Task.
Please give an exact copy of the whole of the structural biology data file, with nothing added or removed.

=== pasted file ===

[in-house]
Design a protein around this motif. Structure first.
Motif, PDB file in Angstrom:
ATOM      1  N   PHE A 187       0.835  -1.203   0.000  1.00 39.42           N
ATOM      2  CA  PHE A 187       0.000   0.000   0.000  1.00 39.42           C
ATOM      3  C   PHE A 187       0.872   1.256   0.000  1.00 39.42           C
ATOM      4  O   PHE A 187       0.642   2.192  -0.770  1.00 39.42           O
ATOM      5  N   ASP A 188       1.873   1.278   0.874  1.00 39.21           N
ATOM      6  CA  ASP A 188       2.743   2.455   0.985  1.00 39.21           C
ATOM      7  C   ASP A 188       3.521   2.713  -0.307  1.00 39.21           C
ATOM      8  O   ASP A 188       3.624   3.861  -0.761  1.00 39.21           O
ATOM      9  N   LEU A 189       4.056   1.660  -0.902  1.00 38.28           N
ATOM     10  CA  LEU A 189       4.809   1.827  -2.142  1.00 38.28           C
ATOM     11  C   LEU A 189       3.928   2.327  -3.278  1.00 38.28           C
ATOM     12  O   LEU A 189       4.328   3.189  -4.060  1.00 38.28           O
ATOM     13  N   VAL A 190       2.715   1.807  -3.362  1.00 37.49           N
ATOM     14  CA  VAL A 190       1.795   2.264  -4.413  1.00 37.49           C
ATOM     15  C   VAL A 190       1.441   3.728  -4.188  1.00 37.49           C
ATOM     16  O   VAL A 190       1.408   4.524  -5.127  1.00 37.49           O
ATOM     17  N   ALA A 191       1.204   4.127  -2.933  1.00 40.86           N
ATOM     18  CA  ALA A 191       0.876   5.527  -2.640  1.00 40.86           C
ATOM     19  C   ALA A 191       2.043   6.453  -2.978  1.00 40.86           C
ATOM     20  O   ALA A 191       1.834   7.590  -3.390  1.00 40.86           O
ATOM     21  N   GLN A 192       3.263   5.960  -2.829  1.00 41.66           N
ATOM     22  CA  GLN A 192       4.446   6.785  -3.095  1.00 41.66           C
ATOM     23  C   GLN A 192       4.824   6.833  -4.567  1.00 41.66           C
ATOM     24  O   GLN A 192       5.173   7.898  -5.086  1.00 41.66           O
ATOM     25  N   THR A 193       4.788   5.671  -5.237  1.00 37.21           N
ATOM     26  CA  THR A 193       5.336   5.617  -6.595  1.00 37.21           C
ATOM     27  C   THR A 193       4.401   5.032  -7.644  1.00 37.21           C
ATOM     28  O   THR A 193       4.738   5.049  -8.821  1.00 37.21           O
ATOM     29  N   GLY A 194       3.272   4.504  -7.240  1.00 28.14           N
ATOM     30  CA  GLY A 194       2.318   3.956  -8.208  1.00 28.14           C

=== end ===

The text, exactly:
[in-house]
Design a protein around this motif. Structure first.
Motif, PDB file in Angstrom:
ATOM      1  N   PHE A 187       0.835  -1.203   0.000  1.00 39.42           N
ATOM      2  CA  PHE A 187       0.000   0.000   0.000  1.00 39.42           C
ATOM      3  C   PHE A 187       0.872   1.256   0.000  1.00 39.42           C
ATOM      4  O   PHE A 187       0.642   2.192  -0.770  1.00 39.42           O
ATOM      5  N   ASP A 188       1.873   1.278   0.874  1.00 39.21           N
ATOM      6  CA  ASP A 188       2.743   2.455   0.985  1.00 39.21           C
ATOM      7  C   ASP A 188       3.521   2.713  -0.307  1.00 39.21           C
ATOM      8  O   ASP A 188       3.624   3.861  -0.761  1.00 39.21           O
ATOM      9  N   LEU A 189       4.056   1.660  -0.902  1.00 38.28           N
ATOM     10  CA  LEU A 189       4.809   1.827  -2.142  1.00 38.28           C
ATOM     11  C   LEU A 189       3.928   2.327  -3.278  1.00 38.28           C
ATOM     12  O   LEU A 189       4.328   3.189  -4.060  1.00 38.28           O
ATOM     13  N   VAL A 190       2.715   1.807  -3.362  1.00 37.49           N
ATOM     14  CA  VAL A 190       1.795   2.264  -4.413  1.00 37.49           C
ATOM     15  C   VAL A 190       1.441   3.728  -4.188  1.00 37.49           C
ATOM     16  O   VAL A 190       1.408   4.524  -5.127  1.00 37.49           O
ATOM     17  N   ALA A 191       1.204   4.127  -2.933  1.00 40.86           N
ATOM     18  CA  ALA A 191       0.876   5.527  -2.640  1.00 40.86           C
ATOM     19  C   ALA A 191       2.043   6.453  -2.978  1.00 40.86           C
ATOM     20  O   ALA A 191       1.834   7.590  -3.390  1.00 40.86           O
ATOM     21  N   GLN A 192       3.263   5.960  -2.829  1.00 41.66           N
ATOM     22  CA  GLN A 192       4.446   6.785  -3.095  1.00 41.66           C
ATOM     23  C   GLN A 192       4.824   6.833  -4.567  1.00 41.66           C
ATOM     24  O   GLN A 192       5.173   7.898  -5.086  1.00 41.66           O
ATOM     25  N   THR A 193       4.788   5.671  -5.237  1.00 37.21           N
ATOM     26  CA  THR A 193       5.336   5.617  -6.595  1.00 37.21           C
ATOM     27  C   THR A 193       4.401   5.032  -7.644  1.00 37.21           C
ATOM     28  O   THR A 193       4.738   5.049  -8.821  1.00 37.21           O
ATOM     29  N   GLY A 194       3.272   4.504  -7.240  1.00 28.14           N
ATOM     30  CA  GLY A 194       2.318   3.956  -8.208  1.00 28.14           C